In people with COPD, the air sacs in the lungs become damaged. This damage affects the exchange of oxygen and carbon dioxide in the body and causes a variety of symptoms, including wheezing, shortness of breath, and coughing. In this article, we look at five possible complications of COPD. We also cover the outlook for this disease and provide some tips for preventing complications.
Complications of COPD
COPD often progresses slowly over several years, but complications may develop at any time. These complications can be severe and even life-threatening.
The five most common types of COPD complication include:
Pneumonia is an infection that causes inflammation of the lungs. It can result from a viral, bacterial, or fungal infection. People with lung diseases, such as COPD, are more likely to develop pneumonia and other lung infections. According to a study of 179,759 adults who were in the hospital with COPD exacerbations, pneumonia developed in about 36 percent of those who were experiencing their first flare-up.
Another study found that older adults with COPD developed pneumonia six times more often than people without this condition. People with COPD are also at risk of pneumonia becoming severe and leading to life-threatening problems, such as sepsis and respiratory failure.
The symptoms of pneumonia include:
- shortness of breath
- a cough
- chest pain
2. Acute respiratory distress syndrome (ARDS)
ARDS is a life-threatening condition in which severe inflammation of the lungs causes fluid to leak into the blood vessels in the airways. The small air sacs, or alveoli, collapse as a result. ARDS usually develops in response to a severe chest injury or an infection, such as pneumonia. According to the American Thoracic Society, the death rate from ARDS is higher in people with COPD than in the general population. Symptoms of ARDS include:
- severe shortness of breath
- rapid breathing
- confusion and extreme tiredness
Having COPD can also lead to mental health issues, such as depression. In a study of 76,020 people, half of whom had a diagnosis of COPD, the rate of depression was almost two times higher in the people with COPD.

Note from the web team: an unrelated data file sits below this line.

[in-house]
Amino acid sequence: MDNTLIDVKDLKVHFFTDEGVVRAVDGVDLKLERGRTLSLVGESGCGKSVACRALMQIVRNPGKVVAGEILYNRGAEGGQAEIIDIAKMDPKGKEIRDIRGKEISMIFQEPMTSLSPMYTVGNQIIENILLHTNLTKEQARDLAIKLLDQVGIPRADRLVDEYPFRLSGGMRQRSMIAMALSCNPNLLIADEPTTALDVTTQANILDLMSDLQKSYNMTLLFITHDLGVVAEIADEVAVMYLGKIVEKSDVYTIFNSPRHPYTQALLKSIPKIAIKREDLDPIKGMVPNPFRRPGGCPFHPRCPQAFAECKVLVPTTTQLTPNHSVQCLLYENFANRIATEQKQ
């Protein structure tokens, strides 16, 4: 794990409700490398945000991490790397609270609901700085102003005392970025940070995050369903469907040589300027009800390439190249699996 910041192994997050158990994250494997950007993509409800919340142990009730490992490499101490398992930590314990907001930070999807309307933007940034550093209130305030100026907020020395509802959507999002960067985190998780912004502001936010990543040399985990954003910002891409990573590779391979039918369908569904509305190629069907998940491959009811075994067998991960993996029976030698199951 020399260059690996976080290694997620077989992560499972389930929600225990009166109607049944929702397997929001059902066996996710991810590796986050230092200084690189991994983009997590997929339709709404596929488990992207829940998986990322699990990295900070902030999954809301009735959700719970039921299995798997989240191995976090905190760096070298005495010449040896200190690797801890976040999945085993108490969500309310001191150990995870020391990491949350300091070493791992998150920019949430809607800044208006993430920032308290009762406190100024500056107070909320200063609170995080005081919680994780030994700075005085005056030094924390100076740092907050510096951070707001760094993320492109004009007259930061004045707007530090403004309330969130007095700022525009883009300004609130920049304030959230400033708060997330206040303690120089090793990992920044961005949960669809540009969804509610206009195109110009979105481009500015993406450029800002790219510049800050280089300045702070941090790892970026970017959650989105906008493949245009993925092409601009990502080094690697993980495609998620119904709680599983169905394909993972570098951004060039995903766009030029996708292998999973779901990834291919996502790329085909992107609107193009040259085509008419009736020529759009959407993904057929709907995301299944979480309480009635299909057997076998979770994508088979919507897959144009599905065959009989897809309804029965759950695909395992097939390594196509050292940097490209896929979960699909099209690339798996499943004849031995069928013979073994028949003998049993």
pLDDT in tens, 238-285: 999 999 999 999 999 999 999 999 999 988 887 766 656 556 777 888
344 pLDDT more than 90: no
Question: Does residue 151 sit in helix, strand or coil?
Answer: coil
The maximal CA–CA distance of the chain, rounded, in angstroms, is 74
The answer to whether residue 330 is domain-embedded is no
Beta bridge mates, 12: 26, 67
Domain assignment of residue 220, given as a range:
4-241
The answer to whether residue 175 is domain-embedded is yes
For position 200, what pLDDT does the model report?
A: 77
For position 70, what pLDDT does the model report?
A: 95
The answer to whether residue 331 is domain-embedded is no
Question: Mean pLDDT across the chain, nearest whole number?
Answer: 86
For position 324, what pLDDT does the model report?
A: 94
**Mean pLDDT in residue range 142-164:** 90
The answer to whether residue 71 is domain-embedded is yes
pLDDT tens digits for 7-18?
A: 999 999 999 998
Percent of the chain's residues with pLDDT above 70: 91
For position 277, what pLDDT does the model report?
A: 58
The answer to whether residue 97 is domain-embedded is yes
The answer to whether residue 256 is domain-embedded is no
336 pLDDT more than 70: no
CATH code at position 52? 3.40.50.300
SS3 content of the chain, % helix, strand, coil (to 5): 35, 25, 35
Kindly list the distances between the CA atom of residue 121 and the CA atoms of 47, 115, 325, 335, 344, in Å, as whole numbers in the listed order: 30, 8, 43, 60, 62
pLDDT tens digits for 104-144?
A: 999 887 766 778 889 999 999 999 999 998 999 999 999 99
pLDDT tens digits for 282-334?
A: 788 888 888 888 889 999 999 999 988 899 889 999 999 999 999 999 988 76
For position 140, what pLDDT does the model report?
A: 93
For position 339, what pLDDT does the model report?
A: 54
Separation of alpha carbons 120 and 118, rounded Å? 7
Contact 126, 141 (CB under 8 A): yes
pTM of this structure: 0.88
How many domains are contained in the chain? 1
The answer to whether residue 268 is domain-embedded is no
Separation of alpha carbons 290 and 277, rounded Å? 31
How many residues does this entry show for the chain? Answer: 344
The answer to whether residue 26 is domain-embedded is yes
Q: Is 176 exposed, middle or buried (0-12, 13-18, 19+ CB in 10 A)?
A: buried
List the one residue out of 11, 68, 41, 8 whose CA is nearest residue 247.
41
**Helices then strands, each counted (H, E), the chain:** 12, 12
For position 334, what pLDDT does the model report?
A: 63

Symptoms of depression include:
- loss of interest in activities
- feelings of sadness
- trouble sleeping
- changes in appetite
4. Heart failure
Heart failure is when the heart muscle cannot pump blood efficiently through the body. It is a progressive condition that can occur on the right or left side of the heart or on both sides. Heart failure that occurs in people with COPD is commonly right-sided. When the lungs are not working as they should, this can place additional stress on other organs, including the heart. For example, COPD can cause low oxygen levels in the body. The pressure in the pulmonary arteries will increase as the body tries to counter this, which puts a strain on the heart. The heart can become weak and less able to pump efficiently. Heart failure is very common in people with COPD. Research suggests that 20–70 percent of people with COPD also develop heart failure.
The symptoms of heart failure include:
- shortness of breath
- swelling in the legs and feet
- a cough
Frailty is a term that refers to physical weakness and fragile health. People with COPD can become frail for several reasons. Shortness of breath may make eating difficult, which can result in weight loss. Meanwhile, fatigue may result in decreased physical activity levels, which can lead to muscle wasting. A study that used data from the National Health and Nutrition Evaluation Survey found that almost 58 percent of people with COPD had frailty. The participants who also had diabetes and reported shortness of breath had the highest risk of being frail.
Symptoms of frailty in people with COPD may include:
- weight loss
- a decrease in muscle mass
- low physical activity, decreased mobility, and a slow walking speed